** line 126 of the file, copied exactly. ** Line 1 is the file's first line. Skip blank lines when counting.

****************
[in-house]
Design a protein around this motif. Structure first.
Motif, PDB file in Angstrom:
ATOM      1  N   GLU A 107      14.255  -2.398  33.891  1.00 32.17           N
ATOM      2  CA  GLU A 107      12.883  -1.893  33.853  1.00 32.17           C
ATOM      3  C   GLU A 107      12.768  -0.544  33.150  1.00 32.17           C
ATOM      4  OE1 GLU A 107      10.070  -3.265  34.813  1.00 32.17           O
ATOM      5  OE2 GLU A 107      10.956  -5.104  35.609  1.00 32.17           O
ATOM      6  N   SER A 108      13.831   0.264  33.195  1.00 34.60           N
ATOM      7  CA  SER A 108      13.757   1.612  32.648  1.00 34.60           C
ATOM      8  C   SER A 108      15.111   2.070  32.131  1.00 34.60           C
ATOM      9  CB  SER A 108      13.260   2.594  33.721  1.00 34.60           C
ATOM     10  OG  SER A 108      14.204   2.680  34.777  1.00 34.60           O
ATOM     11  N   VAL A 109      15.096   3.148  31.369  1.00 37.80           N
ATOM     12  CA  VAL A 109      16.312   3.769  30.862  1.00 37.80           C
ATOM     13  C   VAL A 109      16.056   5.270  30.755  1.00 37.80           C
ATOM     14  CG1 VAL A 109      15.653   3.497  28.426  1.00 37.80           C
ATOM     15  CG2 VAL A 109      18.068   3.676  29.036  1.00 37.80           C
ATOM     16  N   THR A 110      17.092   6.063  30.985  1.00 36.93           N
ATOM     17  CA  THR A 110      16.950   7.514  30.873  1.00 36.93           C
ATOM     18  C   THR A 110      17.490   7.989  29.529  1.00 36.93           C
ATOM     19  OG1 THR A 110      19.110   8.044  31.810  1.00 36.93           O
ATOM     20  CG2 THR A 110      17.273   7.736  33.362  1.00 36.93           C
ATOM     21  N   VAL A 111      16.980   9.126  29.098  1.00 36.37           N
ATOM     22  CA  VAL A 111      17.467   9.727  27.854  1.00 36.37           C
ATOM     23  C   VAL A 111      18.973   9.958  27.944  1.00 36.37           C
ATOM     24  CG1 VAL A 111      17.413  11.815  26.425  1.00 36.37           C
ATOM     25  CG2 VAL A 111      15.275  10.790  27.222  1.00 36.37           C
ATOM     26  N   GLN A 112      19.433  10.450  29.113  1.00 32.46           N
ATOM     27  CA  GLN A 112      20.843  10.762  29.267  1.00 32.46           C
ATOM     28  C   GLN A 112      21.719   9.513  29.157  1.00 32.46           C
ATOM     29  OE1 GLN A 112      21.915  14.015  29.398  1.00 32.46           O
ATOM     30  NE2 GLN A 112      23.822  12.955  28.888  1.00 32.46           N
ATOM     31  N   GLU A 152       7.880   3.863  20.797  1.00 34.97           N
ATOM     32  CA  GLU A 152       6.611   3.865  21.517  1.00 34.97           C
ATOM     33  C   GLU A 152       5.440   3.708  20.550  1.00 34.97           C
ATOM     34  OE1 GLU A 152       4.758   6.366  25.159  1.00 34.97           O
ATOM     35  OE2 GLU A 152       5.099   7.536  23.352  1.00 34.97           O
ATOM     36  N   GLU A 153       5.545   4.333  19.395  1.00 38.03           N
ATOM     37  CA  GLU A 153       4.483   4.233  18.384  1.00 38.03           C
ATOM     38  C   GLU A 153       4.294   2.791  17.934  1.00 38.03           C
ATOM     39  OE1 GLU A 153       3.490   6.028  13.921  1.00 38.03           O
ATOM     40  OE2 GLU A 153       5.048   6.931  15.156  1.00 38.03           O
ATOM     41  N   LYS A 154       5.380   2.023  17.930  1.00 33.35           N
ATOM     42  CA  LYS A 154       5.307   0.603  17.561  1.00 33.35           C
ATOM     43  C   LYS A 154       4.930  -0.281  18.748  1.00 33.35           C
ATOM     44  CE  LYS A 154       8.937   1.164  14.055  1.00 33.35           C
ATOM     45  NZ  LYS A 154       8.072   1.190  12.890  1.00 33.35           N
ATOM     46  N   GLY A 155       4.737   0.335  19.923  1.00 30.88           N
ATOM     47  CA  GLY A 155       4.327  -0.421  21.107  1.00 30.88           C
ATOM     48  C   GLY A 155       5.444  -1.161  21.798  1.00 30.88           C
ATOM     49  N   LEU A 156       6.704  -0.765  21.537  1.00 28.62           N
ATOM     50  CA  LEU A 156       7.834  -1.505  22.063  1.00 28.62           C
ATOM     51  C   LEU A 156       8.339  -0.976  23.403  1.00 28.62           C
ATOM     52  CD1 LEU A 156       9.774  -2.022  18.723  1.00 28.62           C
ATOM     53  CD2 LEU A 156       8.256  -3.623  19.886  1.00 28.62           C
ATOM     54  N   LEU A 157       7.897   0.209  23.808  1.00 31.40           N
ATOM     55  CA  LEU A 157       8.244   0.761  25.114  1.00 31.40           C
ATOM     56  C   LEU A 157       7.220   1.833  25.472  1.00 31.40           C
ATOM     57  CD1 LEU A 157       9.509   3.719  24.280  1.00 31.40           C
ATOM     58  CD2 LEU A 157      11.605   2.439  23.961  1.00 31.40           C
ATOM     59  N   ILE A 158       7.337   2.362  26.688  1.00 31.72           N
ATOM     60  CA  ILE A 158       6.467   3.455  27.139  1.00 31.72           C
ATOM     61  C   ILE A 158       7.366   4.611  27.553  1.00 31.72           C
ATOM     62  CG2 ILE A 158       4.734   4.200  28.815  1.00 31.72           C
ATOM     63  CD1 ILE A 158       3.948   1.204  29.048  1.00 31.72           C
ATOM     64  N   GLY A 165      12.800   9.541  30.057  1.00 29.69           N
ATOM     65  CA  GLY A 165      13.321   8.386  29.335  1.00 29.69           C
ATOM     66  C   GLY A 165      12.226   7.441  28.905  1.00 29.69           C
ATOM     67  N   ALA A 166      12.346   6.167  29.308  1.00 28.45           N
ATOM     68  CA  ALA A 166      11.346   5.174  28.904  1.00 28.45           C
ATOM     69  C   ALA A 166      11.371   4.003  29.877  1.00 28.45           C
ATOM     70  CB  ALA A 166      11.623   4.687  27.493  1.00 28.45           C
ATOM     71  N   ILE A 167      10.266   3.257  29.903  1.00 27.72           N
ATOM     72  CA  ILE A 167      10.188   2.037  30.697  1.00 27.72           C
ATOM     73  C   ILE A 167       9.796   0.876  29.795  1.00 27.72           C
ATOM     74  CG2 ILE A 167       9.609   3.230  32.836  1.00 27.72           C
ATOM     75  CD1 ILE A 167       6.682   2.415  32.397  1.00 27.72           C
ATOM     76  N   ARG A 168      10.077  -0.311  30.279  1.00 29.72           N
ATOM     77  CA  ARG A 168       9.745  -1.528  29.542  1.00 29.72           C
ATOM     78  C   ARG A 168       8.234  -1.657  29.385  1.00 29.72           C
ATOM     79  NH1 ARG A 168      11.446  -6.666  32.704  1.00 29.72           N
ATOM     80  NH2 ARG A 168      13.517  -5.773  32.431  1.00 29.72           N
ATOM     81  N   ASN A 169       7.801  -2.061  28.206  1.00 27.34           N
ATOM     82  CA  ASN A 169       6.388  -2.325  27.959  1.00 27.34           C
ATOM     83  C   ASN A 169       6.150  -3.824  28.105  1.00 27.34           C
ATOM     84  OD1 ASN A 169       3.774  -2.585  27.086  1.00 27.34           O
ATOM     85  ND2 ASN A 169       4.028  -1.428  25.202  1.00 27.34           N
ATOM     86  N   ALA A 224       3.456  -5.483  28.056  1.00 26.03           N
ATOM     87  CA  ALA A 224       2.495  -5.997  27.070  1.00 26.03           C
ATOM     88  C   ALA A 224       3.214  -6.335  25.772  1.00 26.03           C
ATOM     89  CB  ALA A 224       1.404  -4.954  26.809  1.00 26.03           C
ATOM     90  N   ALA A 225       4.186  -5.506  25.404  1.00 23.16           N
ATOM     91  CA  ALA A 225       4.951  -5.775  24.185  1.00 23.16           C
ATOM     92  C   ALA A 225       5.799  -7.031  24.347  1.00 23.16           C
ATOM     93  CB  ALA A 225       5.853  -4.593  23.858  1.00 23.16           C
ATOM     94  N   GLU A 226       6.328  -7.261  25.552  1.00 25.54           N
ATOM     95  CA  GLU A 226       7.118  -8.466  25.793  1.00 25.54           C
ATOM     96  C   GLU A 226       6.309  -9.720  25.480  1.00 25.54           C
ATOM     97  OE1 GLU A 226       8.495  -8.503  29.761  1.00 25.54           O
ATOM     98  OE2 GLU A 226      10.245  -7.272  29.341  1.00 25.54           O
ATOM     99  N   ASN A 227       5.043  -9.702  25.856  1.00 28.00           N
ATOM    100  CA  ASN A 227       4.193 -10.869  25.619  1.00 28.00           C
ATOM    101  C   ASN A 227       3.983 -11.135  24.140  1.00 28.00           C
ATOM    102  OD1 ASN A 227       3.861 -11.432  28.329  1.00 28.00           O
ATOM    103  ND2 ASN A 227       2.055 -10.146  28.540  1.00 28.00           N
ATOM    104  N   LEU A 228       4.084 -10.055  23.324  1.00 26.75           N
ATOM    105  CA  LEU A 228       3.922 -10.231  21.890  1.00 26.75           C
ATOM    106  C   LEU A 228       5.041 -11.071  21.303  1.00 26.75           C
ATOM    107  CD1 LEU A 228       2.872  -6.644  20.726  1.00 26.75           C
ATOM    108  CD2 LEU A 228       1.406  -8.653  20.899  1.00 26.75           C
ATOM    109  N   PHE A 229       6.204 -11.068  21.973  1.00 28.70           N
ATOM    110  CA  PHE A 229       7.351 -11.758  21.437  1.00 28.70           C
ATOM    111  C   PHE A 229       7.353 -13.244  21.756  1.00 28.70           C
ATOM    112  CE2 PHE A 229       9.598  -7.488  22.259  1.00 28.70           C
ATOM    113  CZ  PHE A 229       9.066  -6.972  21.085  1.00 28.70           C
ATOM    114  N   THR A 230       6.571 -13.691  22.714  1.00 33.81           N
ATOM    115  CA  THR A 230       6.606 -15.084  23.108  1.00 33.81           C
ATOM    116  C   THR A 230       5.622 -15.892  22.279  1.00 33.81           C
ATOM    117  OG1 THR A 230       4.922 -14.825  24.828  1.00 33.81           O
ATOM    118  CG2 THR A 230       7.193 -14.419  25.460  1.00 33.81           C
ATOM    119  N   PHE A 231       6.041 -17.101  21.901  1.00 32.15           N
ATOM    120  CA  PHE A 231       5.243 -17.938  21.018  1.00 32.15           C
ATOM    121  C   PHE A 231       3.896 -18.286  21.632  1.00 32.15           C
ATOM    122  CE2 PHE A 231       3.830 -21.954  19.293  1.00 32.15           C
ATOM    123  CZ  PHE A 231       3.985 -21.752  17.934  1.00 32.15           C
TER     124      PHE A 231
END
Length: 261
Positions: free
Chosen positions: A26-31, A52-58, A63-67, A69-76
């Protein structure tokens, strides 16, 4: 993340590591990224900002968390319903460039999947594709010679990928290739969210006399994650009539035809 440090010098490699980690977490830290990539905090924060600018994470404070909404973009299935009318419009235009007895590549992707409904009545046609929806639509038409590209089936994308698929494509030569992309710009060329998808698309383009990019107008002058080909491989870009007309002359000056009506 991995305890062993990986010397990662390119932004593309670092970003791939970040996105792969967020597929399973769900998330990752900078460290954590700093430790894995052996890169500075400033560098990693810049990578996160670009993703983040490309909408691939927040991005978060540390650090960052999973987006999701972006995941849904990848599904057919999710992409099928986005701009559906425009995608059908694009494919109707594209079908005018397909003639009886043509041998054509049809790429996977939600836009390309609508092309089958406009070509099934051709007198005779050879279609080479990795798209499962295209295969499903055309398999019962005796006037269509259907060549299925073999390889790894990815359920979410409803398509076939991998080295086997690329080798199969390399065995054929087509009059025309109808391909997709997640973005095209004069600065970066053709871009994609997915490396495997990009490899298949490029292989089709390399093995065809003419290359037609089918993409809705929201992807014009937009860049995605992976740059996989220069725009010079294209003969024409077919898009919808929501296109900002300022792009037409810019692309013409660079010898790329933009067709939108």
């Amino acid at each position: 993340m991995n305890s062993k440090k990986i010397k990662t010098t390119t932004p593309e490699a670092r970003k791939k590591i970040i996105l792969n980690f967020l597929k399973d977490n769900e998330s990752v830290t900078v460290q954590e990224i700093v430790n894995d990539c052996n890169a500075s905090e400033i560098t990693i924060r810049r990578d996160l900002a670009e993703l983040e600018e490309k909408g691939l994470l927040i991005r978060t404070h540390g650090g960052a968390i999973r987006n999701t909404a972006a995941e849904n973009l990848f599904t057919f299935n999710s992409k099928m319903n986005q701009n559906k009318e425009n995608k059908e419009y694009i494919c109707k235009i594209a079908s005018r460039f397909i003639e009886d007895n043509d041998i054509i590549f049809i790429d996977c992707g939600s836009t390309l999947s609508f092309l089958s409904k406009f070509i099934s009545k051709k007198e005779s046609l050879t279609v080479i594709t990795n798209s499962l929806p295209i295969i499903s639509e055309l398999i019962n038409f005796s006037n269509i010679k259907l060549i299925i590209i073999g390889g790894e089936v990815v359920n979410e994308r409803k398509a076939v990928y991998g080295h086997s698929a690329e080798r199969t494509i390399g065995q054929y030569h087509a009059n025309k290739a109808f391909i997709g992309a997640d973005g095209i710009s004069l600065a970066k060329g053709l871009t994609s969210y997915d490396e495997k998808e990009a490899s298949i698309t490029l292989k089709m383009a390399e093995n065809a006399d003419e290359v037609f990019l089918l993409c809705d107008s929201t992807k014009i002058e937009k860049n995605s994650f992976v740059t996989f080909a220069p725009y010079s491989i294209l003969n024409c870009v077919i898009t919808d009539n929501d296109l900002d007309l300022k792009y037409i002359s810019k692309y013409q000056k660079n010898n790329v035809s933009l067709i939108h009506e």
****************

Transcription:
ATOM    123  CZ  PHE A 231       3.985 -21.752  17.934  1.00 32.15           C